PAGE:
If you’re looking for an authentic African safari experience, then Botswana should be right at the top of your travel wish list.
Boasting one of the lowest human population densities on the planet – if you’re looking to escape the bustling city life for the wild – then Botswana is the ideal travel destination.
If you’re planning or going on a Botswana tour or holiday – don’t waste your hard earned cash by going at the wrong time. Below, we’ll tell you:
To make the most of Botswana’s wildlife-rich game reserves, it’s best visited during the dry season/winter months of April to October.
Vegetation is at a minimum during these dry months, which makes spotting wildlife much easier, as they congregate around waterholes to get much-needed refreshment.
The skies are clear and rain is scarce during April and October. Mosquitoes are also at a minimum.
Make sure you pack in warm clothing as the mornings and evenings tend to get quite chilly.
Gaborone’s average temperature in °Centigrade
Gaborone’s average temperature in °Fahrenheit
One of the main reasons why people travel to Botswana is to experience the Big Five wildlife: lion, leopard, buffalo, rhino and elephant.
The latter can be found in abundance in Botswana, especially along the banks of Chobe River – which supports up to 50,000 elephants during the dry season.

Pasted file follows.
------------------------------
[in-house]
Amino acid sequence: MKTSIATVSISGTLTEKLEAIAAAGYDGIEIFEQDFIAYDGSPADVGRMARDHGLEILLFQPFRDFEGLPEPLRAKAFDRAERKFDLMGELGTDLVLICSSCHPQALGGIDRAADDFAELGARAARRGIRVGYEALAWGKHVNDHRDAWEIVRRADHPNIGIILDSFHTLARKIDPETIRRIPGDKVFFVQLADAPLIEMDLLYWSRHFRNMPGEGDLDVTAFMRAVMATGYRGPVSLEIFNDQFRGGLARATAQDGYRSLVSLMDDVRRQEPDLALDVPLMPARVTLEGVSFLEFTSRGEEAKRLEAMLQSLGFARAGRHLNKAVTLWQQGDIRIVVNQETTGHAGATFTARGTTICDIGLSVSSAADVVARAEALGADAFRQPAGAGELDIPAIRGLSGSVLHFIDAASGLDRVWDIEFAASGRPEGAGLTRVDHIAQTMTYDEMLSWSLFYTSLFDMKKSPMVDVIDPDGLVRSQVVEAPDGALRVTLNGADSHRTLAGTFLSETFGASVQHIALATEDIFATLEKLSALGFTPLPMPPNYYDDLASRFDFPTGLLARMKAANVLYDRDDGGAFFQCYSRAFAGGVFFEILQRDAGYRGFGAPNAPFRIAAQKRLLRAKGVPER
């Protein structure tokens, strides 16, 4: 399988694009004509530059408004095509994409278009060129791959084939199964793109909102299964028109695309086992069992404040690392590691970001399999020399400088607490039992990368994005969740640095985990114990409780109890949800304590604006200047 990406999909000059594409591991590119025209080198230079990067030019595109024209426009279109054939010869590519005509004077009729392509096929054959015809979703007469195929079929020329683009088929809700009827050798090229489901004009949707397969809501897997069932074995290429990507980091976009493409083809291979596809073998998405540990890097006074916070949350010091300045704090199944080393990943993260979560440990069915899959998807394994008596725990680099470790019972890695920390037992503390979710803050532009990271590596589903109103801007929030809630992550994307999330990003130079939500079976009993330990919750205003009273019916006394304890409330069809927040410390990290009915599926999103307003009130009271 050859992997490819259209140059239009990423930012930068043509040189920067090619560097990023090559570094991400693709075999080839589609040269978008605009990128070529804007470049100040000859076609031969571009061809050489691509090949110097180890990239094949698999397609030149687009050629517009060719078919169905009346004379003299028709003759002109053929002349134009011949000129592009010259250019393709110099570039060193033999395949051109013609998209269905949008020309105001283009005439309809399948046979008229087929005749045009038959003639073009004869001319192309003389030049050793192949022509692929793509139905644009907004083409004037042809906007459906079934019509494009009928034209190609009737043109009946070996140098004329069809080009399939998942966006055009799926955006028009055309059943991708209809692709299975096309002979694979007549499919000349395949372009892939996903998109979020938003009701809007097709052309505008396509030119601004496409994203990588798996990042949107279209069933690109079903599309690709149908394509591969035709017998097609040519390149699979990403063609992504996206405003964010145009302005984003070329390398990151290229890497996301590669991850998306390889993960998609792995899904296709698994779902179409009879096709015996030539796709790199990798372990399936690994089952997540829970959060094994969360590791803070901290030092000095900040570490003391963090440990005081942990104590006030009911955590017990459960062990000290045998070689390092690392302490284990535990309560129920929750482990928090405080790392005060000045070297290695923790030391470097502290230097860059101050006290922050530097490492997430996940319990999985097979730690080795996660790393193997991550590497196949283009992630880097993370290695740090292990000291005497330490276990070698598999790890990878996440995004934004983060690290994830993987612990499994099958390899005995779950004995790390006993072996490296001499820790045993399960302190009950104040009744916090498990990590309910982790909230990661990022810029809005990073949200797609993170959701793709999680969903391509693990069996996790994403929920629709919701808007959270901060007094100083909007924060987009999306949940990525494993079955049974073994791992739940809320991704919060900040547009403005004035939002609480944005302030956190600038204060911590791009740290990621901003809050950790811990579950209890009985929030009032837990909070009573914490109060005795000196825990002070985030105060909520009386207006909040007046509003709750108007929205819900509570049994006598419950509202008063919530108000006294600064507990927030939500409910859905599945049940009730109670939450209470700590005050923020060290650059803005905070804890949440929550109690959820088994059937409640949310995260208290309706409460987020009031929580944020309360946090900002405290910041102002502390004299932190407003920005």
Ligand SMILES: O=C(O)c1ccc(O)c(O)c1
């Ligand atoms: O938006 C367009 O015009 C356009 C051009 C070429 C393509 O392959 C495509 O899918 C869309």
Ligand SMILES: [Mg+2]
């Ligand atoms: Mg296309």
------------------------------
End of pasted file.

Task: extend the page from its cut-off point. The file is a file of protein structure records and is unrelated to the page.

You can also spot the Big Five in the Moremi Game Reserve, which lies on the eastern side of the Okavango Delta. Other animals you can expect to see here are giraffe, cheetah, impalas, jackal, Red lechwe, hippos as well as over 400 species of birds.
There’s no better way to navigate through the meandering waterways of the Okavango Delta other than using a mokoro – a traditional dug-out canoe which will keep you dry while exploring this wildlife-rich haven.
Expertly guided by a local – nothing else will get you closer to Botswana’s wildlife.
Covering an area of 3900 square kilometres, Botswana’s Makgadigadi Pans is one of the largest salt pans on the planet – the last remnant of the massive Lake Makgadigadi.
When it rains, the pans becomes a hub for all resident wildlife. It’s an important habitat for migrating animals such as wildebeest and one of Africa’s biggest zebra populations and the large predators that prey on them. The wet season also brings migratory birds such as ducks, geese and Great white pelicans.
On these two-week Namibia and Botswana Safari holidays, you’ll get to explore some of the most varied landscapes in Africa. Travelling from west to east, this tour starts in Swakopmund on the coast of Namibia and travels all the way to Victoria Falls on the border of Zimbabwe.
This comprehensive 20-day tour covers the well-worn route from Cape Town to Victoria Falls, crossing South Africa, Namibia and Botswana, and ending in Zimbabwe. It’s a truly grand African safari. This is an ‘accommodated’ tour, staying in hotels and lodges rather than camping.
The information below should not be a substitute for consultation with a travel doctor near you – always see one before travelling.
Here are some government organisations and other trusted travel resources to consult when travelling to Botswana